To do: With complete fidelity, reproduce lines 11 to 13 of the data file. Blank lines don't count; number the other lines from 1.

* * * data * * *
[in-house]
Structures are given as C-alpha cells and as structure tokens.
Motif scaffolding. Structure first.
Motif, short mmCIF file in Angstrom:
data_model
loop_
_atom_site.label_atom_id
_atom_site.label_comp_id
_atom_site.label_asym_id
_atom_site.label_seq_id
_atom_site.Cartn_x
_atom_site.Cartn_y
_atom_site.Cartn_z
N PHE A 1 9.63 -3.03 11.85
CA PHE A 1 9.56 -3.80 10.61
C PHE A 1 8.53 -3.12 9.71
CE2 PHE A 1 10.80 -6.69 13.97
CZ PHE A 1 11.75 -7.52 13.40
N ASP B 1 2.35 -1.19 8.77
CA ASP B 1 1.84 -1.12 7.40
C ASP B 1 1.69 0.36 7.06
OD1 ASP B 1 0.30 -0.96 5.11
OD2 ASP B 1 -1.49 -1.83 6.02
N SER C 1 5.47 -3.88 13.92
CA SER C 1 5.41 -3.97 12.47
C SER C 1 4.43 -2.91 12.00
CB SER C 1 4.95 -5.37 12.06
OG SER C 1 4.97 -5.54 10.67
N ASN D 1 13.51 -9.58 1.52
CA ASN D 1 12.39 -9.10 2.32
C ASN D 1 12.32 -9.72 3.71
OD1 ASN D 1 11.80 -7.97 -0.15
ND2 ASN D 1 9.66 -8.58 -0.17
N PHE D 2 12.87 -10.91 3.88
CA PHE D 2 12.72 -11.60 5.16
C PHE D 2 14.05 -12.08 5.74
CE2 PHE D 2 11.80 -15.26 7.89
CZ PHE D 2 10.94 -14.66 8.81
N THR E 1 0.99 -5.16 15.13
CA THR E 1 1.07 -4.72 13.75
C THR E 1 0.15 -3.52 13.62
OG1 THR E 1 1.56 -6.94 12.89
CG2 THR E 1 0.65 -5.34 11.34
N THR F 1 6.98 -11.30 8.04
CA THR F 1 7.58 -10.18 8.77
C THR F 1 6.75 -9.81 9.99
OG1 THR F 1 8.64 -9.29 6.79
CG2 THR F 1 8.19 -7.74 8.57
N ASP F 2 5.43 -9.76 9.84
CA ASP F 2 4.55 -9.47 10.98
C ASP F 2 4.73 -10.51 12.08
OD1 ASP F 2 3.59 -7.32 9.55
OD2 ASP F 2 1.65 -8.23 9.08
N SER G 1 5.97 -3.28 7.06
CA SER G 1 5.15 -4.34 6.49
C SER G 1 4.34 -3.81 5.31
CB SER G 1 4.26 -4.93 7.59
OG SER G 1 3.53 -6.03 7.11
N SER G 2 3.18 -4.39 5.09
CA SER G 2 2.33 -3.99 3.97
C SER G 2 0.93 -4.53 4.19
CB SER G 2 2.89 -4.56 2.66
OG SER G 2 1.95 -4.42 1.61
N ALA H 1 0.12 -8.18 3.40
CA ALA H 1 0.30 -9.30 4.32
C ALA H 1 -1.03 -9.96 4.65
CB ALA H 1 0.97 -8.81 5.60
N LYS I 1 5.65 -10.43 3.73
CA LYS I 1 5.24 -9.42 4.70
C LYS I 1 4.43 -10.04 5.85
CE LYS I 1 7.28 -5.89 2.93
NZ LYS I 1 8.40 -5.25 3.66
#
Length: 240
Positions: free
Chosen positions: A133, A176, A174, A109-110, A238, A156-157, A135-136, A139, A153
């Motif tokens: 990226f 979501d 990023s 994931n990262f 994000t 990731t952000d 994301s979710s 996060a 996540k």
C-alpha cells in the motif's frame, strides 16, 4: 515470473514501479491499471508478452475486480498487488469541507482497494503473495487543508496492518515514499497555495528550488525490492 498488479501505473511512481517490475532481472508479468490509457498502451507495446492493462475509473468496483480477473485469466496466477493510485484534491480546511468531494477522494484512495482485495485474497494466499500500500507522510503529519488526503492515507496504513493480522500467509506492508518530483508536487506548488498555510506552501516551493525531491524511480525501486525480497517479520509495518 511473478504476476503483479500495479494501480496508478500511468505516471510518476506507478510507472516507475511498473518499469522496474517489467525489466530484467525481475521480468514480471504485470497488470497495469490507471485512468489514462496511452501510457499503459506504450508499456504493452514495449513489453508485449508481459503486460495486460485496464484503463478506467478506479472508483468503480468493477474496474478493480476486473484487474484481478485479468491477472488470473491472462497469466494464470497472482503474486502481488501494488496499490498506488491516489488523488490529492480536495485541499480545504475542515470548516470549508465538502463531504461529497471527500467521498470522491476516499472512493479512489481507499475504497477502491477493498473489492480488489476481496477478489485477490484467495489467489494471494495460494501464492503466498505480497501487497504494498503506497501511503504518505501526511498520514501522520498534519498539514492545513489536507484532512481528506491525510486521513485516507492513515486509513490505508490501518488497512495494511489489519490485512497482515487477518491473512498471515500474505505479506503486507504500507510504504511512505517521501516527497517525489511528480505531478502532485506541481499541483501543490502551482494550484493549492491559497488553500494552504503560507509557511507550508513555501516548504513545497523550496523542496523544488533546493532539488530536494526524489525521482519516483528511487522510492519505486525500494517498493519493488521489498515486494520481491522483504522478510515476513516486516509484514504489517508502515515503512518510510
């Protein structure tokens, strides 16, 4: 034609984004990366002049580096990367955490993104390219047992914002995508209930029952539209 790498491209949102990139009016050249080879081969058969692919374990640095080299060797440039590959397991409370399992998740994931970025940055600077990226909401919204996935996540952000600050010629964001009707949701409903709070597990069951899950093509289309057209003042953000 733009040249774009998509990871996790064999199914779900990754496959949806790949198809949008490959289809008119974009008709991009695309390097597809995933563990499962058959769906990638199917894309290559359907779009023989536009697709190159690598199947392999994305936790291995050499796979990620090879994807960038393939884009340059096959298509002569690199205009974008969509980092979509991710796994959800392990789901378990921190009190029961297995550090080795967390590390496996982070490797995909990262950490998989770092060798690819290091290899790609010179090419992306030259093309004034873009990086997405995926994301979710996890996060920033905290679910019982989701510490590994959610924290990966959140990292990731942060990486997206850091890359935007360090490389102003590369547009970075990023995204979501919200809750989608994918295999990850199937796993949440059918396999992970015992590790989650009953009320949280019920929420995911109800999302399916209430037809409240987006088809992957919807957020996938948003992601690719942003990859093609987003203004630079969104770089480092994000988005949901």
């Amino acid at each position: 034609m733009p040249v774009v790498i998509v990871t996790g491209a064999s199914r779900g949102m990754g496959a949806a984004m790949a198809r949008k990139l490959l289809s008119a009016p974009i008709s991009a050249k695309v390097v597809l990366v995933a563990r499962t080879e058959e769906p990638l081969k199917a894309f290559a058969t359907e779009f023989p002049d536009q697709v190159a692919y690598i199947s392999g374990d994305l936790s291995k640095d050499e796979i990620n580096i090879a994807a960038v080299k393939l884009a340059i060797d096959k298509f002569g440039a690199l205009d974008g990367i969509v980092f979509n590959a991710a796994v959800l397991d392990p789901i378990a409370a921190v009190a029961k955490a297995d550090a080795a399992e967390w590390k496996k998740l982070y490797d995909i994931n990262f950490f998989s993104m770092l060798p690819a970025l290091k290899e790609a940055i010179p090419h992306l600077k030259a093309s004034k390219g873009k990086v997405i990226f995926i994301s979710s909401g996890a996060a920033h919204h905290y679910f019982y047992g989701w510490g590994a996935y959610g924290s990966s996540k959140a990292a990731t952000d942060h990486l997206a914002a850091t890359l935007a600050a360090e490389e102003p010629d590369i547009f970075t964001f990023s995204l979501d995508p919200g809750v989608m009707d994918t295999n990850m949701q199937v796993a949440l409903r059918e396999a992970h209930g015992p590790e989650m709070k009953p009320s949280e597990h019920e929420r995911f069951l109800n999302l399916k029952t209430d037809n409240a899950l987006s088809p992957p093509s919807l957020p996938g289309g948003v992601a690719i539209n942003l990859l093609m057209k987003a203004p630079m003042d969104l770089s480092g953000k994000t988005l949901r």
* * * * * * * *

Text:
_atom_site.Cartn_x
_atom_site.Cartn_y
_atom_site.Cartn_z